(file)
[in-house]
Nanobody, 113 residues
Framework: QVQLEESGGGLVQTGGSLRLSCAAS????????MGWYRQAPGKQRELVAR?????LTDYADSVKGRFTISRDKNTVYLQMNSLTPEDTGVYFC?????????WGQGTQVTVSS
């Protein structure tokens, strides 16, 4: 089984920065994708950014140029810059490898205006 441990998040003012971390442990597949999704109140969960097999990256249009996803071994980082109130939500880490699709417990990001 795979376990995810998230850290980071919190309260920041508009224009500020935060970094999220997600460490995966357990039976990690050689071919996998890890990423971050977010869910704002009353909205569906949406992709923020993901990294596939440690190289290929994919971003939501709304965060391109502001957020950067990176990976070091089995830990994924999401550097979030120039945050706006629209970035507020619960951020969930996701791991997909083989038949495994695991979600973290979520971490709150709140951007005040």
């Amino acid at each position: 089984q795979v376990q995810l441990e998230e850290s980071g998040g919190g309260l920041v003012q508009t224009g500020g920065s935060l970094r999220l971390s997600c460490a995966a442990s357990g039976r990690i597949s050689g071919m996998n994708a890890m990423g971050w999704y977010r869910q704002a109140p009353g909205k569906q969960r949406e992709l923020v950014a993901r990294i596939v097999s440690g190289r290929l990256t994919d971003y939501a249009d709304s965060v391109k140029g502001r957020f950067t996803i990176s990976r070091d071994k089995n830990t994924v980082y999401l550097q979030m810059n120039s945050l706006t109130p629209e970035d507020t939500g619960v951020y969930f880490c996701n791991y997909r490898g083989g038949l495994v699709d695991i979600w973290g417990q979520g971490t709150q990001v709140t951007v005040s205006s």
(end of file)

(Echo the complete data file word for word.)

[in-house]
Nanobody, 113 residues
Framework: QVQLEESGGGLVQTGGSLRLSCAAS????????MGWYRQAPGKQRELVAR?????LTDYADSVKGRFTISRDKNTVYLQMNSLTPEDTGVYFC?????????WGQGTQVTVSS
């Protein structure tokens, strides 16, 4: 089984920065994708950014140029810059490898205006 441990998040003012971390442990597949999704109140969960097999990256249009996803071994980082109130939500880490699709417990990001 795979376990995810998230850290980071919190309260920041508009224009500020935060970094999220997600460490995966357990039976990690050689071919996998890890990423971050977010869910704002009353909205569906949406992709923020993901990294596939440690190289290929994919971003939501709304965060391109502001957020950067990176990976070091089995830990994924999401550097979030120039945050706006629209970035507020619960951020969930996701791991997909083989038949495994695991979600973290979520971490709150709140951007005040």
């Amino acid at each position: 089984q795979v376990q995810l441990e998230e850290s980071g998040g919190g309260l920041v003012q508009t224009g500020g920065s935060l970094r999220l971390s997600c460490a995966a442990s357990g039976r990690i597949s050689g071919m996998n994708a890890m990423g971050w999704y977010r869910q704002a109140p009353g909205k569906q969960r949406e992709l923020v950014a993901r990294i596939v097999s440690g190289r290929l990256t994919d971003y939501a249009d709304s965060v391109k140029g502001r957020f950067t996803i990176s990976r070091d071994k089995n830990t994924v980082y999401l550097q979030m810059n120039s945050l706006t109130p629209e970035d507020t939500g619960v951020y969930f880490c996701n791991y997909r490898g083989g038949l495994v699709d695991i979600w973290g417990q979520g971490t709150q990001v709140t951007v005040s205006s």